A marvellous concert by the Willoughby Symphony Orchestra, energetically led by Dr Nicholas Milton. The Orchestra was in fine, robust form.
Beethoven’s powerful Egmont Overture, op. 84 was first ,with its strong blaring opening and strident strings. It was volcanically emphatic and passionate with its spinning melody and crashing turbulence, that was at one point balanced by a lilting two sided conversation between the various elements of the Orchestra. Also important is to note how the horns and trumpets were featured. Next year the Orchestra will be celebrating 250 years since Beethoven’s birth and this was a taster.
The bulk of the first half consisted of Bruch’s Concerto No. 1 in G minor, op. 26 featuring Australian-based Canadian virtuoso soloist Alexandre Da Costa.The work is Romantic in style and is in three movements , largely in sonata form .The Orchestra was strong and dynamic throughout , shimmering , quivering and bubbling when supportively accompanying Da Costa.
Da Costa as soloist was full of leonine confidence and charismatically dominated the stage, giving a performance full of virtuoso bravura that dazzled .His stylish solos ranged from fiery and dramatic to tender , heartbreaking and lyrical. The encore was an exquisite, lyrical soaring solo violin version of Leonard Cohen’s Hallelujah incredibly moving.
After interval came Mahler’s Symphony No. 1 in D major, aka TITAN, in a thrilling crashing performance. It was HUGE in scale with an augmented Orchestra that was crammed onto the concert platform. We heard the five-movement symphonic poem of 1893 version in a specially slightly reduced version for the Willoughby Symphony Orchestra created by Daniel Dean. Mahler evokes the feel of walking in a forest and being surrounded by nature.Folksong and fugue and a sort of funeral march are included .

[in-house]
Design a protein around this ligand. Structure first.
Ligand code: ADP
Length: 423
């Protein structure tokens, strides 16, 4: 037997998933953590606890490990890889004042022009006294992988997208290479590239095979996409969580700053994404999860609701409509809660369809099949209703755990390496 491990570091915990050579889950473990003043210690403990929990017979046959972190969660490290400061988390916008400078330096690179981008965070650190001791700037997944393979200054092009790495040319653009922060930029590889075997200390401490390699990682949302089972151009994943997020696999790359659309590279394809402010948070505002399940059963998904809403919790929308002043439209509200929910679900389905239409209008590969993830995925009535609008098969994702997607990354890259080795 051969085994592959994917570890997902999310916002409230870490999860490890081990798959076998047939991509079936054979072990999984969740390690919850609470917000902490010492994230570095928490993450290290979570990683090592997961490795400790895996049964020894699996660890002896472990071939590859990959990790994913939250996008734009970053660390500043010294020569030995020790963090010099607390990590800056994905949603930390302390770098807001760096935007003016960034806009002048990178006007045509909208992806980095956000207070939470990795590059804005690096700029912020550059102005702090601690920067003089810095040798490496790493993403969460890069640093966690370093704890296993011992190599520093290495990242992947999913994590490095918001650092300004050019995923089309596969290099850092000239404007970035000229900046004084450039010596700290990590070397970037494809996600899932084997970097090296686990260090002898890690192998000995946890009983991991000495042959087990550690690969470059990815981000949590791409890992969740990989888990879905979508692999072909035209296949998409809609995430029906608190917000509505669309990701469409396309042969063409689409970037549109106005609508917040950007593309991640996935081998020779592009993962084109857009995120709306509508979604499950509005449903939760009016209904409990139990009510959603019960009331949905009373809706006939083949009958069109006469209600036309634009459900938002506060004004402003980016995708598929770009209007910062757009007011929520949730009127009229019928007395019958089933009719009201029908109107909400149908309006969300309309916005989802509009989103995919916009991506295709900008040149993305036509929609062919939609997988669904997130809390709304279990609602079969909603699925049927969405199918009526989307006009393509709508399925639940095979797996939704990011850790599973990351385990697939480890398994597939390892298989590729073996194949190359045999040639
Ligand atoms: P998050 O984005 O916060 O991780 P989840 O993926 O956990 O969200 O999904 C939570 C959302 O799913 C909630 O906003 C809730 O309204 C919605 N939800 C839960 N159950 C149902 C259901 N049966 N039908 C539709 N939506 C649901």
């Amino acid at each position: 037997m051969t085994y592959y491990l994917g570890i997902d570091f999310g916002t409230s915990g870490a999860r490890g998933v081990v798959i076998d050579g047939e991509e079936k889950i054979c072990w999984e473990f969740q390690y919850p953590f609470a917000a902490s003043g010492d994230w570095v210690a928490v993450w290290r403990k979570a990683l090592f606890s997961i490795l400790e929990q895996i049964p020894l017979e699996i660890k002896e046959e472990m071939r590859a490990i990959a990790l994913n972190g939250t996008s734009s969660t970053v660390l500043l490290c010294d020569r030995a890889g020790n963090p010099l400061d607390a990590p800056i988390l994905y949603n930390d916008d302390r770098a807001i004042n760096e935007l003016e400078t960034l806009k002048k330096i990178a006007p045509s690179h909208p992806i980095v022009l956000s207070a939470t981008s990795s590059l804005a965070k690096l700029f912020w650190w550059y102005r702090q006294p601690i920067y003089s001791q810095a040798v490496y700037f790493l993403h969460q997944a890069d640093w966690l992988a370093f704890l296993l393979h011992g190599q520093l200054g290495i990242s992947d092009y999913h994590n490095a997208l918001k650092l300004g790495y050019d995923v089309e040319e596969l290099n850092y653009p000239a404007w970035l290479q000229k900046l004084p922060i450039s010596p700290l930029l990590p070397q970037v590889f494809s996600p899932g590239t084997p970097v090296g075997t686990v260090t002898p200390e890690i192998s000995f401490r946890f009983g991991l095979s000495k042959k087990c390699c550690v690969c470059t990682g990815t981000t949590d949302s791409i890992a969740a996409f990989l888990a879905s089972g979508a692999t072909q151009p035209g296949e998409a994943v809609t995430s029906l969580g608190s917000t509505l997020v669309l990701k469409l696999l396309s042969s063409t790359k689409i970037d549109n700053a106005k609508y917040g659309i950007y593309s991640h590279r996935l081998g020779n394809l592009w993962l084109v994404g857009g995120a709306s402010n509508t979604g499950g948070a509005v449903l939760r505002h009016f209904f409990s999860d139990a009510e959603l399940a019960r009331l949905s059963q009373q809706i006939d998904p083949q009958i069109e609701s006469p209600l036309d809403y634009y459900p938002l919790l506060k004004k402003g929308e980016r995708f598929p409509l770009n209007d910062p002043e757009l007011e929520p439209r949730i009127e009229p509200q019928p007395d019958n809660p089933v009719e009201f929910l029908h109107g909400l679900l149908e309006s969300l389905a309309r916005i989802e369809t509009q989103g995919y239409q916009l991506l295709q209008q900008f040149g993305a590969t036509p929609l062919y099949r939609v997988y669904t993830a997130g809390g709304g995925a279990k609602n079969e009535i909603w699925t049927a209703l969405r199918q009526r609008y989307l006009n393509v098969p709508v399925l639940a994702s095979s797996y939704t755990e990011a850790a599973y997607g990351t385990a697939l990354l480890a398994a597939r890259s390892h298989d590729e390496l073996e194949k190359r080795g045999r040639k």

The work opens with soft strings (dawn?) then becomes fluid yet quivering with tension.Can you hear the bird calls ? At first it is a bit tentative then becomes vibrant and jaunty with glistening strings.There are huge, broad brushstrokes of orchestral music ,fiendishly scurrying strings and a galloping atmosphere with crashing timpani leading to the breathless firecracker conclusion of that section.
A brisk, circular melody is then stated and passed around the Orchestra leading to a crescendo yet there are soft rustling strings. Solitary woodwind is then followed by gliding lilting strings .
Then in another segment the six( ! ) double basses state the low, rich fluid melody with snaky sinuous woodwind. Listen out for tiny hints of another Mahler work – Songs of A Wayfarer. Crash! Bash! From the drums and anxiously trembling strings urgently sound.
The Orchestra becomes madly tempestuous, things calmed down a little after the storm , with the melody stated, taken and developed then yes while there are some quieter moments with tremulous, lyrical, flowing strings bright insistent horns and buzzing strings lead to the turbulent conclusion.
A thrilling concert that had the audience cheering .This was the Orchestra’s penultimate concert for the year , the last one being their Christmas one.
Running time 2 hours including interval.
Willoughby Orchestra played the Concourse on the 2nd and 3rd November, 2019.
Dr Nicholas Milton AM conductor
Alexandre Da Costa violin
Willoughby Symphony Orchestra
Beethoven – Egmont Overture, op. 84
Bruch – Concerto No. 1 in G minor, op. 26
Mahler – Symphony No. 1 in D major
Featured image : Violinist Alexandre Da Costa. Pic Lawrence Lebat